We already know that Tribesmaids are great sources for kick-ass wedding games and Tribesmaid Ailea is no exception. Here's her tutorial for an awesome twist on Cards Against Humanity. She also has a Kickstarter project for the pro version! See below for details.
Last year, I was put in charge of games for my dear friend Nicky's bachelorette party. I had no experience planning wedding party games, so I went online to look for ideas, and found plenty of them that were extremely lame. I felt like Nicky deserved better.
I was playing a lot of Cards Against Humanity at the time, so I was inspired to create a card game that honors the glorious institution that is matrimony, while also preparing my friend for the all frightening realities and ceremonial absurdity of our civilization's most fraught life-long commitment.
The game I made for Nicky on my laptop and home printer was a hilarious, absurd parody of our bizarre wedding culture and common marriage hang-ups, and was a big hit on her bachelorette night. It took me a couple of days and a bit of creativity to do it, but I'm convinced anyone can make one. It was awesome to have a more personalized, far funnier, and somewhat less-humiliating alternative to the game ideas I found on the internet. And hey, there's no reason you can't incorporate panties into it if you're into that sort of thing. Here's how it works:
Looks like the fun started for Sam and Erin the day before their summer wedding… and by fun, I mean a completely chill, totally relaxing, sun-soaked evening by the water. The two brides swam and goofed off with loved ones to kick off their wedding weekend. The laid-back vibe carried over to the next day while the couple got ready together: Sam in strapless white and Erin in a jacket and cuffed pants. These two skipped the frill and went for details straight from the heart. The couple have got complementary jewelry going on (Erin's jeweled bolo tie, gah!!!), Sam wore a necklace that says "Erin," and the brides even walked into their ceremony circle together.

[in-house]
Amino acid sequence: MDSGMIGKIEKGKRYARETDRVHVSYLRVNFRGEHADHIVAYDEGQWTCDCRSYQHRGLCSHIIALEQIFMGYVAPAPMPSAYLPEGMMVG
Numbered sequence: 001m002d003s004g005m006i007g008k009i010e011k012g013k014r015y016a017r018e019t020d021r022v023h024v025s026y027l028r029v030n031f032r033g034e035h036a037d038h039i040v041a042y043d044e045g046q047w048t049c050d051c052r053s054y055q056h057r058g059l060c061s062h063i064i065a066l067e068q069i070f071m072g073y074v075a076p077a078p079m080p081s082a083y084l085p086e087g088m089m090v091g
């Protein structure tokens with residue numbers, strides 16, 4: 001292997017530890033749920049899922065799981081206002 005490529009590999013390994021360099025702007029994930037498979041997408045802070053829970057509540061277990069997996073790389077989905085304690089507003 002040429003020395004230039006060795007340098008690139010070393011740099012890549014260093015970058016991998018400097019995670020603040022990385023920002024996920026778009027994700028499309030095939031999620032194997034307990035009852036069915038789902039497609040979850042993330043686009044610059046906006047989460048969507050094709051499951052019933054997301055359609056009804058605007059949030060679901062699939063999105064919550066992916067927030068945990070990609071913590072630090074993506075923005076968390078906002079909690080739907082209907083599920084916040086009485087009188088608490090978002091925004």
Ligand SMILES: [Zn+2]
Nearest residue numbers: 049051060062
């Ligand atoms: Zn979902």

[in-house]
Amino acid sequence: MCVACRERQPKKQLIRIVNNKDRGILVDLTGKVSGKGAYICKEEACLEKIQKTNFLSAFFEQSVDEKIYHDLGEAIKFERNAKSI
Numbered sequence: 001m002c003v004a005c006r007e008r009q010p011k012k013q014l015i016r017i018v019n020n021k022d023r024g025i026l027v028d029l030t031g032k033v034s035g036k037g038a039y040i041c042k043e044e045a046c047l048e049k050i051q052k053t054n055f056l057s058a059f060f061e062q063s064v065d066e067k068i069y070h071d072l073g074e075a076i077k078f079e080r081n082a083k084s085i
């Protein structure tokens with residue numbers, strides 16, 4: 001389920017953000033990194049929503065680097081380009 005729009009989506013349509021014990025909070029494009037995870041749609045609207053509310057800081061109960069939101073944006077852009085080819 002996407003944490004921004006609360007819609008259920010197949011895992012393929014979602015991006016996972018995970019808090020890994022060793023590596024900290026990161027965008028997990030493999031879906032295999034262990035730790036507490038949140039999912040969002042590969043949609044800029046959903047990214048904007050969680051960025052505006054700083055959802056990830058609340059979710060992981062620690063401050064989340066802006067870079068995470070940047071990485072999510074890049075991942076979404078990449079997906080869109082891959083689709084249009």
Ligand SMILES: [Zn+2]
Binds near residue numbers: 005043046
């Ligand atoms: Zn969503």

The Offbeat Bride: Carly, Health Economist (and Tribesmaid)
Her offbeat partner: Mike, Music Copyright and Publishing Agent
Date and location of wedding: Natural History Museum, Los Angeles, CA — October 12, 2013
Our offbeat wedding at a glance: Mike Googled "unique wedding venue Los Angeles" and the OffBeat Bride blog post of another Tribesmaid's wedding at the Natural History Museum came up, so Mike suggested we check it out. We saw about seven other venues but absolutely fell in love with the museum and the dinosaurs — perfect for our geekdom, my science background, and the fact that we believe in evolution/are not religious.
Liz Daley (pictured above) is a Wedding Entertainment Director® — what does that mean? Well, that's a fancy title for "a DJ who doesn't suck." If that's exactly what you're searching for in the Virginia area, then you'll want to learn more about our sponsor Liz Daley Events, because she's more than just "a DJ who doesn't suck." Liz is the total package when it comes to wedding entertainment, and all that it entails.
Hell, even if you're not looking for a DJ, or you're not on the East Coast, you're going to want to keep scrolling just for the awesome photos of dancing dads…
"Omg, what do you think about my dress, and the flowers, and my hair." "Um… what?" Photo by Photo Madly
My future husband and I are nearing the six-month mark until our wedding, and planning and preparations are ramping up. One detail that's been plaguing me ever since I bought my dress has been figuring out what I'm going to do with the length. It's a beautiful, full-length gown, absolutely outstanding as it is. But I've always loved the idea of a tea-length gown. So cute and flirty. Slightly offbeat, while still looking vintage and chic. So much easier to dance in.
So I go back and forth, back and forth, on this decision. The past six weeks or so, I was gung-ho about getting it shortened. Then, one night, I was telling my partner about how I was once again reconsidering. While I listed out the pros and cons of leaving my dress full-length, I could see his eyes begin to glaze over. "Mm-hmm," he said as I talked, stifling a yawn.
Which was when I realized: Who the hell cares?
The Offbeat Bride: Jay, Student/Academic
Her offbeat partner: Pepe, Artist